The above was distributed after Mass the following Sunday and those attending had something else to talk about other than the weather. In 1914 Art took up a teaching post in Low Island near Kildysart. He retained a great interest in national matters. In August 1914 the Ulster Volunteers, who were founded in 1913 were split into two groups. One followed John Redmond and the other taking their stand on national matters alone. Art founded a small group of his own in Kildysart in 1914 together with Sean McNamara, Martin Griffin and Frank McMahon and each were sworn into the Irish Republican Brotherhood. Their aim was to push the anti-war propaganda. Eventually this circle became attached to National Headquarters. Art was a first cousin of Con Colbert from Athea and through his contact with him, he became convinced that a nation-wide rebellion was inevitable. He organized a battalion in Kilmurry McMahon in 1915, which had 40 members. They trained regularly. Peadar Clancy (a native of Cranny who resided in Dublin) was contacted and the company was affiliated with Irish Volunteer Headquarters. The Clare County Board of the Irish Volunteers was formed by Rev. C. Culligan C.C. Carrigaholt. He was elected chairman, Jeremiah O’Brien was vice-chair and Michael Brennan was secretary. Meetings were held on a regular basis to keep members familiar with local and national events. Commandant Colivet of Limerick had jurisdiction over the Clare Brigades and he divided Clare into 4 battalions (1) Meelick to Killaloe with Micheal Brennan in charge, (2) Crusheen, Inch, Ennis and District – S. Mac Conmara in charge, (3) North Clare, Corofin, Ennsitymon with H.J. Hunt in charge, (4) West Clare – Lissycasey to Loop with Eamonn Fennell as Commandant and Art O’Donnell as Vice Commandant. There was great activity in the West Clare Brigade during Holy Week 1916 – all empty cartridge cases were collected and sent to Limerick. They were also informed that a General Rising was to take place on Easter Sunday. But because no arms had arrived and Casement was captured there was confusion as to whether or not the Easter Rising would take place. When no orders had been received by Easter Saturday it was decided to call off all immediate operations but to keep the Battalion mobilized. Eoin McNeill’s notice in the National papers calling off all parades for the Easter Sunday convinced everybody that no Rising was going to take place. Consequently while the Easter Rising was taking place in Dublin, Clare was relatively peaceful except for the extra surveillance by the local R.I.C. on known Volunteers. By Saturday the news had spread from Dublin and known Volunteers were given a fairly hostile reception by the public. Well known Volunteers were rounded up and put in prison in London. Later they were put into Frongoch Interment Camp, amongst them was Art O’Donnell.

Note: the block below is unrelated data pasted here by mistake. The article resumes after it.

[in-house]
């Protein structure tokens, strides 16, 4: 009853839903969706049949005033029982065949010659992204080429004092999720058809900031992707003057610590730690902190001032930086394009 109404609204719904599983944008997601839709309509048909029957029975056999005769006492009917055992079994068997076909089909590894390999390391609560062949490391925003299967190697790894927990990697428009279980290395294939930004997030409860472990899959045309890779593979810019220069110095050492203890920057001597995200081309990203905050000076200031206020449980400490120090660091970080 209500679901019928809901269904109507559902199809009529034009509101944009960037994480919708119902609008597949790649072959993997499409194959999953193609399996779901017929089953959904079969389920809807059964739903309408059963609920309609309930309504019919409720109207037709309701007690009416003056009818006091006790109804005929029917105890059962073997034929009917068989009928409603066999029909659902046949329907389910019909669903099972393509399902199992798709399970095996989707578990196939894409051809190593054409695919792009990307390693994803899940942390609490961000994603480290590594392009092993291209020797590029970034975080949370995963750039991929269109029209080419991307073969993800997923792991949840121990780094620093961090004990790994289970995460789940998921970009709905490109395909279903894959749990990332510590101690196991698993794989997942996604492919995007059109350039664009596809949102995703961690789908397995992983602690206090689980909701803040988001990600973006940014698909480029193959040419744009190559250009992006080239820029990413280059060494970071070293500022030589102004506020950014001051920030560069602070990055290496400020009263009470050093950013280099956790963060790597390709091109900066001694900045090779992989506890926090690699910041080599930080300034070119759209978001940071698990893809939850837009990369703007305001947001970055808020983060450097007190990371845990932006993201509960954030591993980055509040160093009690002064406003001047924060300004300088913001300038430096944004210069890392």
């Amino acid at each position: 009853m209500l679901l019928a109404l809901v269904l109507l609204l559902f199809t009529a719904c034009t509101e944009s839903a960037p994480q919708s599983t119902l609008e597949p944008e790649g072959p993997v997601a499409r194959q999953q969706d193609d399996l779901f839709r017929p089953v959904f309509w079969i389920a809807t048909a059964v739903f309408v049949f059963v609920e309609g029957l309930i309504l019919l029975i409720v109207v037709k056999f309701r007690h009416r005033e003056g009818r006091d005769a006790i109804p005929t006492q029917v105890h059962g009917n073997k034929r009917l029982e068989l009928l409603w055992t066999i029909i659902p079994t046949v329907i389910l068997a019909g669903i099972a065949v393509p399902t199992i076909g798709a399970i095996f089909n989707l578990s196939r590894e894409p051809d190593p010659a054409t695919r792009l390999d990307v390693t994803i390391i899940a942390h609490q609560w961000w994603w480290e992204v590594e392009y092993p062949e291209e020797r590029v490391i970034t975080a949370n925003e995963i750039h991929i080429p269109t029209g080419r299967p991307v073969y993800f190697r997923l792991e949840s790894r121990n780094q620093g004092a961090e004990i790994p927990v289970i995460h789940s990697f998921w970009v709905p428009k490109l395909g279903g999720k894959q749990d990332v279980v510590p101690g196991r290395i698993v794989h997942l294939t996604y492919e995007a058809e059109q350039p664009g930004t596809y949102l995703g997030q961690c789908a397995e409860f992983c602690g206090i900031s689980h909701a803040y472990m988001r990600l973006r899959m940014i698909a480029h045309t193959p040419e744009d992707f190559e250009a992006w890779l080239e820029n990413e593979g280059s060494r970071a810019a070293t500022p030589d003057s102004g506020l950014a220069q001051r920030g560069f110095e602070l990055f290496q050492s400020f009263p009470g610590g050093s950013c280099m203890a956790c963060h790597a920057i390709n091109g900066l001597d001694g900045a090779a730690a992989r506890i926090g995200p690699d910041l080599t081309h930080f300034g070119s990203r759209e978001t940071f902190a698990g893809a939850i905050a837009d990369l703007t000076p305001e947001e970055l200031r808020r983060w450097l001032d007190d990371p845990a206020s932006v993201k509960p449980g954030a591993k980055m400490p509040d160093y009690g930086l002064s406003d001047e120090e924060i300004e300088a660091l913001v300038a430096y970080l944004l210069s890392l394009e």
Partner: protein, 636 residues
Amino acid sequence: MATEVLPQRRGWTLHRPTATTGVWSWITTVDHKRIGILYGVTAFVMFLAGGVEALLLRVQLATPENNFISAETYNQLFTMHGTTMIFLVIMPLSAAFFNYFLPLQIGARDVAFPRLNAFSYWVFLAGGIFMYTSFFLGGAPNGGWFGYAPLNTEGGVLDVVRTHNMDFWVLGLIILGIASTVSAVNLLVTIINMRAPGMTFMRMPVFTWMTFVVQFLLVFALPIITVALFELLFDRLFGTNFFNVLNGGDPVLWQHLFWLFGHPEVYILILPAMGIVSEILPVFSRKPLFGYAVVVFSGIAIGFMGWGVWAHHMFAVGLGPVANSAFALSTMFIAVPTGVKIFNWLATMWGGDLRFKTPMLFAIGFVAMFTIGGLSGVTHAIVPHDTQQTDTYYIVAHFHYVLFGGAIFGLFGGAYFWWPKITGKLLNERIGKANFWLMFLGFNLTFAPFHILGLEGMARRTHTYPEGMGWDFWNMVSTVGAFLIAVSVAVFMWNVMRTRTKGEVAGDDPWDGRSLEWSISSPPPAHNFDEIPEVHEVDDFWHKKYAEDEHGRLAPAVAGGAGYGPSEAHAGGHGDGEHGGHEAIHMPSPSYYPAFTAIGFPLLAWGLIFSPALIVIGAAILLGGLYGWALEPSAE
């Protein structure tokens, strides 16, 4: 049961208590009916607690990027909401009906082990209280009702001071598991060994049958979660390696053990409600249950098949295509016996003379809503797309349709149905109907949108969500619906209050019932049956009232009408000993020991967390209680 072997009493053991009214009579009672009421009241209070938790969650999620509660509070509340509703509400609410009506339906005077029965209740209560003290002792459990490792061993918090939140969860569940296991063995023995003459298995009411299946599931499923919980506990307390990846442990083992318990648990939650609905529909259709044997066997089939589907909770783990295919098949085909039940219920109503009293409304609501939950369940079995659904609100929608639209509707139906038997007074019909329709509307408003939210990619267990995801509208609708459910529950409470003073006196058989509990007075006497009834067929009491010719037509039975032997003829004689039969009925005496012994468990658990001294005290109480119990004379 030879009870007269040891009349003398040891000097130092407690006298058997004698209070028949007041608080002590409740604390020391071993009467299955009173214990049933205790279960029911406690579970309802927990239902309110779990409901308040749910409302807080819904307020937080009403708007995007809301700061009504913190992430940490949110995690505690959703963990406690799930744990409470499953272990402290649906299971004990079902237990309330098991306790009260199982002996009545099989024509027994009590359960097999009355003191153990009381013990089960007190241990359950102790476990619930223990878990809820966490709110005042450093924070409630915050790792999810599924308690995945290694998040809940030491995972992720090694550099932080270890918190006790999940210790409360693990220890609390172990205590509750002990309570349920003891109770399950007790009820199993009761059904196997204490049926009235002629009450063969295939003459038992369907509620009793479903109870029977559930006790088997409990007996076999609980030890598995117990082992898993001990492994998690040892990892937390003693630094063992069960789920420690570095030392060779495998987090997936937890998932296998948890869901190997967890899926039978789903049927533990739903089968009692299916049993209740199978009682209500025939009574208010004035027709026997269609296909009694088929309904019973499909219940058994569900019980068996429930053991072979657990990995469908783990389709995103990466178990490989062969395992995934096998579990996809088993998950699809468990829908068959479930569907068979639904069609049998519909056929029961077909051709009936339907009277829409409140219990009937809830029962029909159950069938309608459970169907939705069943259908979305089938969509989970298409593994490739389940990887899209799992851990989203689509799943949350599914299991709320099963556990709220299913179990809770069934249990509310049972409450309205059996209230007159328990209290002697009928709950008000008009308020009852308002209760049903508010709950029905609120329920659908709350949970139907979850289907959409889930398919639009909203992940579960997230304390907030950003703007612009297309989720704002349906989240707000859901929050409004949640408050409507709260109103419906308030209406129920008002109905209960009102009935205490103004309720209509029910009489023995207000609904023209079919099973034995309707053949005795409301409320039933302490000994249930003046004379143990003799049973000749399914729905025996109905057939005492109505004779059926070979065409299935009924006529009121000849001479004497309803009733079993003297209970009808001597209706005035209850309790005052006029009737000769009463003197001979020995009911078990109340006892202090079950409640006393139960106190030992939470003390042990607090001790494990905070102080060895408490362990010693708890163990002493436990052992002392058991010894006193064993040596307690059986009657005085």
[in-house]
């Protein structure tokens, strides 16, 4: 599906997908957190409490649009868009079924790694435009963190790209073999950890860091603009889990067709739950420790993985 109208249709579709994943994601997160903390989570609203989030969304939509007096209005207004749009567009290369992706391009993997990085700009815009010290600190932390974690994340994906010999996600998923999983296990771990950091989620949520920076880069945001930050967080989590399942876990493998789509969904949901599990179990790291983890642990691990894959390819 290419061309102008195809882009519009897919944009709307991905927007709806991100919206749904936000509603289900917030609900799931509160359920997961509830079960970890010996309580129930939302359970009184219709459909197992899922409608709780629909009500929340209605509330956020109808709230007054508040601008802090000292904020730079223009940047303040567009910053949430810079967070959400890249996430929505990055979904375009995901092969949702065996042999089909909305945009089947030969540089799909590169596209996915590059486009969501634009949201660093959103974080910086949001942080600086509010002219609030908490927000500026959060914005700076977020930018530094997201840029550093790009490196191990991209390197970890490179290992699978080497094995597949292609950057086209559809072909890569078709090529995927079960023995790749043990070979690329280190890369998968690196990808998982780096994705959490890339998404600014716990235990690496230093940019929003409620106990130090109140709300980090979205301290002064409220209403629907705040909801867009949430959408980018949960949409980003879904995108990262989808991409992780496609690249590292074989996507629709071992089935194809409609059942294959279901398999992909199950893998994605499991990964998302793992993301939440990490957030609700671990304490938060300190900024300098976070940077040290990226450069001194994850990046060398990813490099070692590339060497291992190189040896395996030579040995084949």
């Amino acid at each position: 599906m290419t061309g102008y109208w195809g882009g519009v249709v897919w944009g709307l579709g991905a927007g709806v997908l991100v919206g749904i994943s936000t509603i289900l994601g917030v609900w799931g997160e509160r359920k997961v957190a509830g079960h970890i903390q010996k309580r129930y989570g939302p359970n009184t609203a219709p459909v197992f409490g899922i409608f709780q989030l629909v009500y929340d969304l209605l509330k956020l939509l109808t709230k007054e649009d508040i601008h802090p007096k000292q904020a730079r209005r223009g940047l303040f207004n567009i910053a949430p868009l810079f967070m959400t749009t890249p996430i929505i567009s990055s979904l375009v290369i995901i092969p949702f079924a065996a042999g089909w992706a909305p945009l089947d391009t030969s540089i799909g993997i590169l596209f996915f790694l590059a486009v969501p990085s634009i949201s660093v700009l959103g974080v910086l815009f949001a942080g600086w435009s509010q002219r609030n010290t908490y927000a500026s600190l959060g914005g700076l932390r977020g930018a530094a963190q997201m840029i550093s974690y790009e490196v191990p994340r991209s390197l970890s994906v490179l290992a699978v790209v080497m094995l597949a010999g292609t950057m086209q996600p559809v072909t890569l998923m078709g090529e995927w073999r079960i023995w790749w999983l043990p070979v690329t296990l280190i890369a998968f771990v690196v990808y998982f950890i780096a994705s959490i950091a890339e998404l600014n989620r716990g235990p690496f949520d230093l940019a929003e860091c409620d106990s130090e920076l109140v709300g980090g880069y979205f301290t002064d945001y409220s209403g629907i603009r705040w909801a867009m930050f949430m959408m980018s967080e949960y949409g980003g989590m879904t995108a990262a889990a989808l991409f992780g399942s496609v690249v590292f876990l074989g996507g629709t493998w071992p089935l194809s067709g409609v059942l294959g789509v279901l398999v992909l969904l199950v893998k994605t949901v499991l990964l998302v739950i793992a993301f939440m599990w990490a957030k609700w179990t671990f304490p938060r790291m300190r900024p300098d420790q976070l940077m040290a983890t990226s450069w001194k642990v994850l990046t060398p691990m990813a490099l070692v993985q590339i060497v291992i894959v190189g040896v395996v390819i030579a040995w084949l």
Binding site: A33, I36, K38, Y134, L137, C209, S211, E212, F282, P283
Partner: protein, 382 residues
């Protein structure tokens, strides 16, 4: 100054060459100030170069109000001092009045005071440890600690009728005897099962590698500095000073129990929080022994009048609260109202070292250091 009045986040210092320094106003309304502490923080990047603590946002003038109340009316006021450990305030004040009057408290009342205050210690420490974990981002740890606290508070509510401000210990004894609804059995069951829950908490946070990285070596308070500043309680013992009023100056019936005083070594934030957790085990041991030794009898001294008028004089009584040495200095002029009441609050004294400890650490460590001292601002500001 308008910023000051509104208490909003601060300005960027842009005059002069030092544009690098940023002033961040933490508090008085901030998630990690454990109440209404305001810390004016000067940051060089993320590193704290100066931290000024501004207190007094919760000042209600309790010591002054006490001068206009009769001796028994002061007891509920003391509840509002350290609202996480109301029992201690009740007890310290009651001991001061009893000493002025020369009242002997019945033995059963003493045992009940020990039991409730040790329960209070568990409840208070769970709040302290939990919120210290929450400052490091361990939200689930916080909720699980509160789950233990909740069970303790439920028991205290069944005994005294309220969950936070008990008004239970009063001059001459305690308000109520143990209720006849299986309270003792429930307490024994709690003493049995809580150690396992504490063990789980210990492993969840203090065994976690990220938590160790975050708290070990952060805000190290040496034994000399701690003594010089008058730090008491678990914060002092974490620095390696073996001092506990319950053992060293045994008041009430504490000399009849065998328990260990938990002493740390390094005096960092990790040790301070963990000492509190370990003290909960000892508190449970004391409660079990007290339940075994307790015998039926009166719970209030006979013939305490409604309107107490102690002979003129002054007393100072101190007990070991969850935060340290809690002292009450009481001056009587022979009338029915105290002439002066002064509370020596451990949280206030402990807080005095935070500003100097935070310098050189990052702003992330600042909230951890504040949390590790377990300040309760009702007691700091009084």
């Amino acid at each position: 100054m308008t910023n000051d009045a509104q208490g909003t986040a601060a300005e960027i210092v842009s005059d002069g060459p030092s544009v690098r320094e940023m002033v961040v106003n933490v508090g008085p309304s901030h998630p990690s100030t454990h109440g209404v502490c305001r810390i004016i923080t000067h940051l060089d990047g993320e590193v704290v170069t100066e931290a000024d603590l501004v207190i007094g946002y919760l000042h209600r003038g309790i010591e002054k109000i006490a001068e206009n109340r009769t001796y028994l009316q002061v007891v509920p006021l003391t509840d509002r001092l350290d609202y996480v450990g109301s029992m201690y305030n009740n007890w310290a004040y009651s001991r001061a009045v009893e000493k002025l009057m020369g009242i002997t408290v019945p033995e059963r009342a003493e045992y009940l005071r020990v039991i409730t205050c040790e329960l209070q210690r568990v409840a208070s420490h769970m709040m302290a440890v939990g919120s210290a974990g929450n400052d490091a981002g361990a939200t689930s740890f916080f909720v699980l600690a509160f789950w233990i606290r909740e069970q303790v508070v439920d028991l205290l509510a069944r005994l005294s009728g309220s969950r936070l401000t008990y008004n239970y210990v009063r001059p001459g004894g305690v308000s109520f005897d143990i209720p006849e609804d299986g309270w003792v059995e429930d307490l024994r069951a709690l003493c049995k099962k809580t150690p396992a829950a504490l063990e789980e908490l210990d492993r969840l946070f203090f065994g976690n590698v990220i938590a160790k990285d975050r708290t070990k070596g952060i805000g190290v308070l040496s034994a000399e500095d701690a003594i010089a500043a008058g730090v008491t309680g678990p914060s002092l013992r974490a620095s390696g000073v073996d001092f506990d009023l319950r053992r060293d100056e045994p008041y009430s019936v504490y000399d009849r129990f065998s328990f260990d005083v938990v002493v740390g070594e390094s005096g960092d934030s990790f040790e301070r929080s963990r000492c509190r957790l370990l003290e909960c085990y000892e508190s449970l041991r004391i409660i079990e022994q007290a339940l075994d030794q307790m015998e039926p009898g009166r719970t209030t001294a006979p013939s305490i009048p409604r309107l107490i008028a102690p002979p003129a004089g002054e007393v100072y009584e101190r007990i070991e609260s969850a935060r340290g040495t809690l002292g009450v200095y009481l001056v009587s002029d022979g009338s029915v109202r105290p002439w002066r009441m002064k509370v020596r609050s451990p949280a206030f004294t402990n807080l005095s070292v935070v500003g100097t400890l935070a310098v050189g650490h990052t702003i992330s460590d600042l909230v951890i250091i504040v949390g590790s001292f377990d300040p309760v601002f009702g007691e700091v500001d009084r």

A manuscript Art wrote while in Frongoch has survived and was donated to Clare County Archives by Art’s son, Hugh. The manuscript can be viewed on Clare County Library’s website.